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specific media formulation (Lin et al., 2017; Sarkar et al., 2018; Shivanna, 2019). Pollen grains, produced in the anthers of the androecium, are mobile cells that contain the spermatic nuclei of angiosperms. The pollen grain surface is generally comprised of pollenkit (pollen coat), exine (outer layers) and intine (inner layers) (Punt et al., 2007). The exine of pollen grains, comprised mainly of sporopollenin, is frequently found to form species-specific patterns of ornamentation and aperture types. Palynological studies form part of the basic understanding of any species, but pollen morphologies of Cyclopia spp. have not been described in any publication to date. Acetolysis is a technique commonly used to remove pollenkitt lipids and/or other substances from the surface of the pollen coat in order to reveal distinguishing details of the exine (Hesse and Waha, 1989; Wang and Dobritsa, 2018). However, it is known that sensitive pollen and/or fragile pollen structures may also be damaged or destroyed when using this technique. Ethanol/methanol washes have been recommended as an alternative to acetolysis (Jones, 2014). In the present study, the storage potential of air dried (moisture content not determined) honeybush pollen, stored for 18 months at 18 °C, was evaluated. The effect of MSC (0 25%) on in vitro PGP of honeybush pollen was measured. The surface morphologies of honeybush pollen grains were also imaged using FE-SEM microscopy and described using standard palynological terminology (Punt et al., 2007). 2. Material and methods Plant materials (flower buds and pollen) were collected from open-pollinated, honeybush seed orchards at the ARC Nietvoorbij Research Farm (S 33° 540 23.41700 E 18° 520 14.19600 ), Stellenbosch. Collections took place between July and October of 2017 from three species: C. longifolia, C. maculata and C. subternata. 2.1. Identifying the appropriate flower bud stage for honeybush pollen collection Honeybush flower buds were collected and arranged according to their developmental sequence. Visually-identifiable developmental stages within the sequence were numbered and buds from each stage were dissected for observation and in vitro testing of pollen maturity. The in vitro pollen germination tests were conducted as described in 2.3. 2.2. Storage of honeybush pollen at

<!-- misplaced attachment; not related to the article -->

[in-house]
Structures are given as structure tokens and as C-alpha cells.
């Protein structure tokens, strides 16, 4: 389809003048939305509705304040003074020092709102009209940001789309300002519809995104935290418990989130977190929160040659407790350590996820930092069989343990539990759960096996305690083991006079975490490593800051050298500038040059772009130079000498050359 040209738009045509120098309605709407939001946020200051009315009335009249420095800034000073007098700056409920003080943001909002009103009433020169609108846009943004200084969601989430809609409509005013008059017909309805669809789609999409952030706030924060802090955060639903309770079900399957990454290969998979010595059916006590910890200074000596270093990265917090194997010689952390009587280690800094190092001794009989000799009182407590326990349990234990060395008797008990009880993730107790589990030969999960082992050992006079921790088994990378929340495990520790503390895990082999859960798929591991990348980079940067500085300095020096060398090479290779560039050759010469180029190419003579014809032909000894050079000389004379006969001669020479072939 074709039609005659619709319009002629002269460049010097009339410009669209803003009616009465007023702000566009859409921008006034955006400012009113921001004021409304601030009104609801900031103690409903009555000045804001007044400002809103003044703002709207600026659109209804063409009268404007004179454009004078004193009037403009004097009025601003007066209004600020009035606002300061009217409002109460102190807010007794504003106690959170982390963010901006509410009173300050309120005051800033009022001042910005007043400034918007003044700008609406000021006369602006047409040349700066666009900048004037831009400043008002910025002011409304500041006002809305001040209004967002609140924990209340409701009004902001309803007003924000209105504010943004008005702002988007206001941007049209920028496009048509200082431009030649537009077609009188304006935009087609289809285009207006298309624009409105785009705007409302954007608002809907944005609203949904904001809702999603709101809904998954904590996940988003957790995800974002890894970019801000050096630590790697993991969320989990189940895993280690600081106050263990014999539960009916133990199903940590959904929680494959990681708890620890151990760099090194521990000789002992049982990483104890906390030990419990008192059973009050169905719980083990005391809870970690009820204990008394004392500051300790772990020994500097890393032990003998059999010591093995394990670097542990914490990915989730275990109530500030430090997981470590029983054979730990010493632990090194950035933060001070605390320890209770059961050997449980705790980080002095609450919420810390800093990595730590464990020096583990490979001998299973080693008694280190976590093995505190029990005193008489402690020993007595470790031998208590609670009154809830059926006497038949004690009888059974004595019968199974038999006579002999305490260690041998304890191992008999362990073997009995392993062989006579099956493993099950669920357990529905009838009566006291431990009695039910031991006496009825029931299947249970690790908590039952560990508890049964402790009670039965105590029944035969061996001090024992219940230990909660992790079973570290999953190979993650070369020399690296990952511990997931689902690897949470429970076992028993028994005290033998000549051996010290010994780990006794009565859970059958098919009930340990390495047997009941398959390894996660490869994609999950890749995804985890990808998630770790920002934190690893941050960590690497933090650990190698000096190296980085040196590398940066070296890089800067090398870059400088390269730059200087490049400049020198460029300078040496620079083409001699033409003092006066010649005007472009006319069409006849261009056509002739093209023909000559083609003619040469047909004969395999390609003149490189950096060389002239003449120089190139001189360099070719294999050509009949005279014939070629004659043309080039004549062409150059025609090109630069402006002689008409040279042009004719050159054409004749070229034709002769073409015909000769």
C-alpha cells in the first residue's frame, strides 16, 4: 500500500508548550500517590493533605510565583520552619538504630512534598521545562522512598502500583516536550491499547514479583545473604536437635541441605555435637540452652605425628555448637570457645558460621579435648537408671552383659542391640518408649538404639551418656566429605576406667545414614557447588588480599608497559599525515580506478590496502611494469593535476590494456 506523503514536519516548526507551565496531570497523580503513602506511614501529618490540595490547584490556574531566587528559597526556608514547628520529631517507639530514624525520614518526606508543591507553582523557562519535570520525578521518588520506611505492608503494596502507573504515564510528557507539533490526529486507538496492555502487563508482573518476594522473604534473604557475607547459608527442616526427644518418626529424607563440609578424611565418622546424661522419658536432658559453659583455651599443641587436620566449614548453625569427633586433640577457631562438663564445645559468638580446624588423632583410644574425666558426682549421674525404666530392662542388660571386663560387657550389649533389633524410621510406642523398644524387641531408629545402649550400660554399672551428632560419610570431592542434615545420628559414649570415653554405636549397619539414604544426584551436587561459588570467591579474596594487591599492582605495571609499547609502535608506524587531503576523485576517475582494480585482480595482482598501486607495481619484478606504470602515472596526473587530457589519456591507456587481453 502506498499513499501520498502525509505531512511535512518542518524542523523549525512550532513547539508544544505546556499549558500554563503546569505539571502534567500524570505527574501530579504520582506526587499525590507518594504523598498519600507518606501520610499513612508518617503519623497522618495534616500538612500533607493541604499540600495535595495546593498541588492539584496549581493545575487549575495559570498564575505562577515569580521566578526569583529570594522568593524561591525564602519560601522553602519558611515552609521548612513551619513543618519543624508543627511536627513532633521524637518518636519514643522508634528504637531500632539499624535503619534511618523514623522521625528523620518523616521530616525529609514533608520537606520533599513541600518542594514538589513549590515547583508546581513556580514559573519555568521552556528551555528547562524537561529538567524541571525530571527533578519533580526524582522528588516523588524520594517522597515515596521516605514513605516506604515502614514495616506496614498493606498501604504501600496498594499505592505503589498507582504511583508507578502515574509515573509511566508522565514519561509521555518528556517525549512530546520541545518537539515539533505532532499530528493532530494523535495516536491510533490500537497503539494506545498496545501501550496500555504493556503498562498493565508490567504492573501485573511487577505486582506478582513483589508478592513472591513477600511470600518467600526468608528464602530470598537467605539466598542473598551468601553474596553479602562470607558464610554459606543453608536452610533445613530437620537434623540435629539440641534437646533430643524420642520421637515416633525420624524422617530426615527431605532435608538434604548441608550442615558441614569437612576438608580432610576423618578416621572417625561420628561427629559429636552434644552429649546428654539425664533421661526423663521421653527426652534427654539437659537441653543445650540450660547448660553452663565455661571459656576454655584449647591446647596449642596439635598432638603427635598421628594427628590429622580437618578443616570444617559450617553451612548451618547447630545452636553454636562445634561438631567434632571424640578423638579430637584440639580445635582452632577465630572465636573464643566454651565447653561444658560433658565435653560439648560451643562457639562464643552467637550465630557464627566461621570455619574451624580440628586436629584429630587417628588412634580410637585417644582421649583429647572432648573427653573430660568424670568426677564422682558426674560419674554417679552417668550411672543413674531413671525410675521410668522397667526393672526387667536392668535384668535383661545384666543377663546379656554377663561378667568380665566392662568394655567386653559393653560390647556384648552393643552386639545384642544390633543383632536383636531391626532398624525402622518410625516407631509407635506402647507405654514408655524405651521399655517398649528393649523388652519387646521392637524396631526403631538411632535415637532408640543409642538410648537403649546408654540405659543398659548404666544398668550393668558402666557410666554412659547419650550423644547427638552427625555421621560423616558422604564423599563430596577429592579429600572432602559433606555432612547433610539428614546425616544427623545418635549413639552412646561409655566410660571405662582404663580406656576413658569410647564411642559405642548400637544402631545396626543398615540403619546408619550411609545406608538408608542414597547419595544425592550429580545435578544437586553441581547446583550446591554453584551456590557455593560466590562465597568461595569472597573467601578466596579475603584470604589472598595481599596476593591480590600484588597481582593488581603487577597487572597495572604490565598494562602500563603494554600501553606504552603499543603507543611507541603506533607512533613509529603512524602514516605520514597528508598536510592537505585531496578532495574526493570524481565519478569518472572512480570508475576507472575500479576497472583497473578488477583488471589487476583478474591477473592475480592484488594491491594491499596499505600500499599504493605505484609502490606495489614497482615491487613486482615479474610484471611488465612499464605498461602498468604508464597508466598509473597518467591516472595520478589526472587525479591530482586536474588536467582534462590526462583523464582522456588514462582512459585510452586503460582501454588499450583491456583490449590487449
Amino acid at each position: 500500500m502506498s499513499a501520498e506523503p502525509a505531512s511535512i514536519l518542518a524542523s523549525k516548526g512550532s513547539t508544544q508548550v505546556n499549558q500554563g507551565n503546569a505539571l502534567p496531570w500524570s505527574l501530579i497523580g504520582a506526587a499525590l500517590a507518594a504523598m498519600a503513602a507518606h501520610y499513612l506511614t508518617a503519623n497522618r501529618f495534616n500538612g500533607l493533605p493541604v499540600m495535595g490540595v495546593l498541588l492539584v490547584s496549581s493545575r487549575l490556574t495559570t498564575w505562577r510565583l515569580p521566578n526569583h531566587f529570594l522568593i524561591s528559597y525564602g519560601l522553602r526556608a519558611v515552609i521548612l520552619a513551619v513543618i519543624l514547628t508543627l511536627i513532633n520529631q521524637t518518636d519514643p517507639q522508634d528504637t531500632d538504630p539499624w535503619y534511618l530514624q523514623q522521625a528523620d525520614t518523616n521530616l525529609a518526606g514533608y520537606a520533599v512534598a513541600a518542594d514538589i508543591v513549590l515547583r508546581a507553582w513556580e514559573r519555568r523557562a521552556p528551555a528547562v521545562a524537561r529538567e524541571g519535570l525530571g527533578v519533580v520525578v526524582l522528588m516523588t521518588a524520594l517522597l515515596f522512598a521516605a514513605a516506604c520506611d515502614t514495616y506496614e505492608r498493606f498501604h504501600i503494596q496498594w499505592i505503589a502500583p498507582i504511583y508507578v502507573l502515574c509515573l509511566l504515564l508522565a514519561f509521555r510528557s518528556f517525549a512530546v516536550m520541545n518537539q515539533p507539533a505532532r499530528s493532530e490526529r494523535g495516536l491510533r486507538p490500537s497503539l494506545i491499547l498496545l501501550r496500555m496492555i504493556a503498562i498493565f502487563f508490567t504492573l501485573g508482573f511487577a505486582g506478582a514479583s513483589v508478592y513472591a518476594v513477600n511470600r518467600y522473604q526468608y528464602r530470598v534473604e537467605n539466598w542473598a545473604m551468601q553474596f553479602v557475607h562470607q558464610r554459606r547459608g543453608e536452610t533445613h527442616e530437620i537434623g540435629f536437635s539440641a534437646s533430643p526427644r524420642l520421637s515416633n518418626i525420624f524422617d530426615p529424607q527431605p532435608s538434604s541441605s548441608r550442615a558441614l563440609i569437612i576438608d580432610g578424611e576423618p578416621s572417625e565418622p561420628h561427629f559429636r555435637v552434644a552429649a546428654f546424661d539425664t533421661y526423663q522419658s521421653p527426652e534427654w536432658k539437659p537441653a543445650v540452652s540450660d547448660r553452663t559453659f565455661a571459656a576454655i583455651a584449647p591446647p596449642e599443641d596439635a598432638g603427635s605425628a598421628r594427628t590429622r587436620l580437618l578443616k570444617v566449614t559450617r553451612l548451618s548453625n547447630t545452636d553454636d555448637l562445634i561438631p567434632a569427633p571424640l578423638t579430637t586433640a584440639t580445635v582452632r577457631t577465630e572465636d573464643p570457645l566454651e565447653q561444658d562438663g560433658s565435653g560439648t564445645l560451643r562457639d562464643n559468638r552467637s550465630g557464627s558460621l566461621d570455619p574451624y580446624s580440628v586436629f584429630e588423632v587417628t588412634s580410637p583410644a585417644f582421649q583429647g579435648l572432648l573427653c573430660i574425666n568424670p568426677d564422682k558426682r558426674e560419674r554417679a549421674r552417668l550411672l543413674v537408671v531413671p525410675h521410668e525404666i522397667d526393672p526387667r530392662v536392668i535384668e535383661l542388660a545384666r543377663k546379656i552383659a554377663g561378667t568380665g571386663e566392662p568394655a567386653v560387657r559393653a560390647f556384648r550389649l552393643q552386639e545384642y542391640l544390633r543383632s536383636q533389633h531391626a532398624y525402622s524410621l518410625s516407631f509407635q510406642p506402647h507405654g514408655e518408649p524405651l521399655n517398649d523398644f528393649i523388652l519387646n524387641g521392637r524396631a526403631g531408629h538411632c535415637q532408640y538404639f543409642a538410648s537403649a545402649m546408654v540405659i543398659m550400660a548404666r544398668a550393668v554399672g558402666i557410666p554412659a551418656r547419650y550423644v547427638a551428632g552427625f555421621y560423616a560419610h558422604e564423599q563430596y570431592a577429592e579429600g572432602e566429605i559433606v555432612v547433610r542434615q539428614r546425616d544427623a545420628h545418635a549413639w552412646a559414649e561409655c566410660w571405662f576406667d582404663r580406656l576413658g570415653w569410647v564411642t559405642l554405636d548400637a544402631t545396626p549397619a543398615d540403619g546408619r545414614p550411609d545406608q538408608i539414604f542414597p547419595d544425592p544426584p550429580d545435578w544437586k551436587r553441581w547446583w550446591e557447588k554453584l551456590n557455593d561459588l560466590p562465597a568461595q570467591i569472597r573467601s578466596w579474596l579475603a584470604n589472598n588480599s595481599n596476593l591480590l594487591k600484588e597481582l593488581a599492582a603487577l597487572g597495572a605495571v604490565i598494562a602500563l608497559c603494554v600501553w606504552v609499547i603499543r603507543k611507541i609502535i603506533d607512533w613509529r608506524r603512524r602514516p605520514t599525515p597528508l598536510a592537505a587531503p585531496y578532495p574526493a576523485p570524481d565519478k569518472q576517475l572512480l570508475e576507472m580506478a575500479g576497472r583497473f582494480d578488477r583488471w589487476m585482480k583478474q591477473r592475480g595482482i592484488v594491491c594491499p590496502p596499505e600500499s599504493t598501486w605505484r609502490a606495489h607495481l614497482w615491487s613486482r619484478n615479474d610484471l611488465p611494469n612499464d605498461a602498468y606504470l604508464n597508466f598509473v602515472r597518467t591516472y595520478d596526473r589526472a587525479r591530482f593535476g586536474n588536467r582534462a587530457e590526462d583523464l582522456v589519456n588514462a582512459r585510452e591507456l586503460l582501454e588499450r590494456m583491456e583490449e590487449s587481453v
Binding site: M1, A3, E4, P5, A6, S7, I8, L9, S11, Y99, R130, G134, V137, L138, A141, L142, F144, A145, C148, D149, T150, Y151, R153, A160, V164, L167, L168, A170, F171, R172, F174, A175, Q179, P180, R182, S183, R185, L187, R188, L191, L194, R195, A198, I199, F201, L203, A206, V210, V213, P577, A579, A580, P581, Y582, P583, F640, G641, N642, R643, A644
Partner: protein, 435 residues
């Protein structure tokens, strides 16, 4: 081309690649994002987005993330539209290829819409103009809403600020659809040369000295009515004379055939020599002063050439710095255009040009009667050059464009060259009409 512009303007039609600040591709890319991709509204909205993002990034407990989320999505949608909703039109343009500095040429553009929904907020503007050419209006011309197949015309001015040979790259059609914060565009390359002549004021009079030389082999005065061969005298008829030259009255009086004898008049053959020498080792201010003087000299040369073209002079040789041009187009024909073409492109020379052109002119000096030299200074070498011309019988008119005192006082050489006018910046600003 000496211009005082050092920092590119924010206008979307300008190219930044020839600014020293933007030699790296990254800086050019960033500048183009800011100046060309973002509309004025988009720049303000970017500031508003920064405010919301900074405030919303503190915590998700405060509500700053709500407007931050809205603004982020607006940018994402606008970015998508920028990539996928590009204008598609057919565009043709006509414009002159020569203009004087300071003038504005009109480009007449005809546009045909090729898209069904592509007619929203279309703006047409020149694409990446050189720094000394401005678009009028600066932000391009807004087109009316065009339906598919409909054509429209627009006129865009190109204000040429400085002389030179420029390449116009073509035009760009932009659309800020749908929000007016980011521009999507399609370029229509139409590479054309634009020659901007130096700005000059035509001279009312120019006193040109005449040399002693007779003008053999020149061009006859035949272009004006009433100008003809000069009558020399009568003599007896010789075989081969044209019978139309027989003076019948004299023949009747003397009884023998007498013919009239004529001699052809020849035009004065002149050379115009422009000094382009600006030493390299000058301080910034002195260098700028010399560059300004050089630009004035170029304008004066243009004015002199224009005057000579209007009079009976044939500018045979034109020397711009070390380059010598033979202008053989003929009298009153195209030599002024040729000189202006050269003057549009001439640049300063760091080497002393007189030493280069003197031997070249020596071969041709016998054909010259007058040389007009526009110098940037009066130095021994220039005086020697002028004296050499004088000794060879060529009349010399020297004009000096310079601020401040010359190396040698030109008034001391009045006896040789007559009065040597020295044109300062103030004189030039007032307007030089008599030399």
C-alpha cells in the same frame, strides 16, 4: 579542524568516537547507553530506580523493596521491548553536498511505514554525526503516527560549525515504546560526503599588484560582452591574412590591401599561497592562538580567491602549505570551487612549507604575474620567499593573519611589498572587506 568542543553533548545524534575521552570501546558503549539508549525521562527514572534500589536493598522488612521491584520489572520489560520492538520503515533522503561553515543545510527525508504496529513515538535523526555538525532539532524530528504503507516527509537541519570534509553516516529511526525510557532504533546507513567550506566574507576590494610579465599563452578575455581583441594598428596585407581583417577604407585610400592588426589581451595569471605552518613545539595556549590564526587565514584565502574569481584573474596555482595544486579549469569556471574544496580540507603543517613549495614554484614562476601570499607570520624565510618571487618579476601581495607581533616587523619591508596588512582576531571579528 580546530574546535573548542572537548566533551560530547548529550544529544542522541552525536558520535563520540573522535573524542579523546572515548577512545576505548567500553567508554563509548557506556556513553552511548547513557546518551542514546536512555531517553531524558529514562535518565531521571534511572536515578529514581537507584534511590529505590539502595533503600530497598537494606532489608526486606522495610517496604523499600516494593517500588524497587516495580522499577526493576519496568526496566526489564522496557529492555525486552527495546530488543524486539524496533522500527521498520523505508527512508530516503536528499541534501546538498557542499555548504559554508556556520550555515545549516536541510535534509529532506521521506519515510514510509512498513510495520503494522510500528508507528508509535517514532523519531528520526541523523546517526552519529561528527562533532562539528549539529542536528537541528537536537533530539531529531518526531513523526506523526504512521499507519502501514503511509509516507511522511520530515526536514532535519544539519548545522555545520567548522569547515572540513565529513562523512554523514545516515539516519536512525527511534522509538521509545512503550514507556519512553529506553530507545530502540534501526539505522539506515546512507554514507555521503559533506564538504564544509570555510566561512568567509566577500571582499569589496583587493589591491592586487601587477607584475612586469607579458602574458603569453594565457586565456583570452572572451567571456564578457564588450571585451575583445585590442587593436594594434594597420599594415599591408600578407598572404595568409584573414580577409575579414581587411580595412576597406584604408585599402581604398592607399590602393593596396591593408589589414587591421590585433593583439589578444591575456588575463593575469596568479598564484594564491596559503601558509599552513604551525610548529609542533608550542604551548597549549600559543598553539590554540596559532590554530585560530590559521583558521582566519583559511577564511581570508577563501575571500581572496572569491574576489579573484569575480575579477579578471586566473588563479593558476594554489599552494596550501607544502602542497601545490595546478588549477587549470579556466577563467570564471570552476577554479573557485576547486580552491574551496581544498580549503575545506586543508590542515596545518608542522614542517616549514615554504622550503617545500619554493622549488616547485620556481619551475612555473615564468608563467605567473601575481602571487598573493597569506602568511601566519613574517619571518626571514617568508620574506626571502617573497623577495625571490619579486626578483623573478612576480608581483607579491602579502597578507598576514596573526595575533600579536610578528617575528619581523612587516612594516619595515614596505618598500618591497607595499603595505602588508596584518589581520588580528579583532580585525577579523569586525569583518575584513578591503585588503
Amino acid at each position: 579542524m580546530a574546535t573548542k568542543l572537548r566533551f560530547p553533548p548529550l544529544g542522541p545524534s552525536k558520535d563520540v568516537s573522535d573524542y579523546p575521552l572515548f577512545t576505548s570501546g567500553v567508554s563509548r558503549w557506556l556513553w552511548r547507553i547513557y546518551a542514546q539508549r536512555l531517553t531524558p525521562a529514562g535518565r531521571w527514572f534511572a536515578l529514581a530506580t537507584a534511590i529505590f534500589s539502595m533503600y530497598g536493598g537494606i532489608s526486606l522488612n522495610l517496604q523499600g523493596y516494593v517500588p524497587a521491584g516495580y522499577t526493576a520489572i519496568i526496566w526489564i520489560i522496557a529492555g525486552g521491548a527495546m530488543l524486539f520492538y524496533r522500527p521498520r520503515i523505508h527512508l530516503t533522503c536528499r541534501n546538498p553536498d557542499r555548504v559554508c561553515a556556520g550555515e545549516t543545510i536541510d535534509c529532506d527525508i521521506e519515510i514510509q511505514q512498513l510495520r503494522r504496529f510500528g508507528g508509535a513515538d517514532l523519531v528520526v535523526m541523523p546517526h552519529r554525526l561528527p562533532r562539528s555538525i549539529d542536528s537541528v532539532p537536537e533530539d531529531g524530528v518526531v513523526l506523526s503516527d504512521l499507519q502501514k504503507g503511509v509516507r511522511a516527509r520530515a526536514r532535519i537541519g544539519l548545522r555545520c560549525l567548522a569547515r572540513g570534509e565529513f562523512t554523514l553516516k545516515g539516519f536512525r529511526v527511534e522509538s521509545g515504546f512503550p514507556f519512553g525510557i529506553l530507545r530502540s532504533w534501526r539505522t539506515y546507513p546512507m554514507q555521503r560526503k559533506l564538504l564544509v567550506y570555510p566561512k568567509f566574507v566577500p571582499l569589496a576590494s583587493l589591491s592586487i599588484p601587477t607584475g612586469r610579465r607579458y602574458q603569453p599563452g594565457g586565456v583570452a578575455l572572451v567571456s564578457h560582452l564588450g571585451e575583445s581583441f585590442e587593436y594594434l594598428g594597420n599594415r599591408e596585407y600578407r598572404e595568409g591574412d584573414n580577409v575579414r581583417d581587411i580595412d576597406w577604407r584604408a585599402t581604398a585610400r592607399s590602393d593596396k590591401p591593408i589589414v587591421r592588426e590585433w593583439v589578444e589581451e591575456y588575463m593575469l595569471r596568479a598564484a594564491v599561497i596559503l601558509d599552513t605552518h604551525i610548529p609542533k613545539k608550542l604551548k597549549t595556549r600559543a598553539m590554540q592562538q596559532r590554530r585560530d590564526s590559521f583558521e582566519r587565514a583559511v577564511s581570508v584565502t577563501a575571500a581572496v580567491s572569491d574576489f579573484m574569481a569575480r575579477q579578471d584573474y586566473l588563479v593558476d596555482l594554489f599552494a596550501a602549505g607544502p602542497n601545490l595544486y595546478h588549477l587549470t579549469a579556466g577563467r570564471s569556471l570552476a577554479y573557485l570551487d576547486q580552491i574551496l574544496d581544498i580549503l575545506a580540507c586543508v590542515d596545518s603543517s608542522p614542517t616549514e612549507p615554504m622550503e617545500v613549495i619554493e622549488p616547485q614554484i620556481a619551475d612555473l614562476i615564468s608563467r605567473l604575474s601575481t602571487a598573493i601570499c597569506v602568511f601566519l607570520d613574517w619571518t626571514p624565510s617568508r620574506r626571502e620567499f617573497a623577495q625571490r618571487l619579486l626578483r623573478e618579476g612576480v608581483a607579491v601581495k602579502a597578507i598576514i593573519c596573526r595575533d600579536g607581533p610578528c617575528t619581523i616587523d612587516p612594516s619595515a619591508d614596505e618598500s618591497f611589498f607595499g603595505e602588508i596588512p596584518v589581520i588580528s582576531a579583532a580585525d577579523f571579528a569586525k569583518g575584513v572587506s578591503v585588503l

18 °C for 540 days

Pollen samples from three genotypes of each species were collected. The samples were dried for 12 h at room temperature in a desiccant chamber and sealed in 1.5 ml micro-centrifuge tubes. The tubes were then sealed in LDPE bags and stored at 18 °C for 540 days. Pollen samples were tested for germination on day 7, 30, 90, 180, 365 and 540. A new micro-centrifuge tube containing pollen was opened for each genotype on each observation day and discarded after use. The in vitro pollen germination tests and data analysis are described in 2.3. 2.3. Testing 0 25% sucrose content for in vitro germination of honeybush pollen Pollen samples from three genotypes of each honeybush species were collected. Solid in vitro pollen germination media, containing 0.4% bacteriological agar and 100 ppm boric acid, were freshly prepared with concentrations of 0, 5, 10, 15, 20 and 25% sucrose. The media were set in polystyrene Petri dishes, with four replicates per medium. Honeybush pollen samples were sown onto the media surface and allowed to germinate for 1 3 h at room temperature. Digital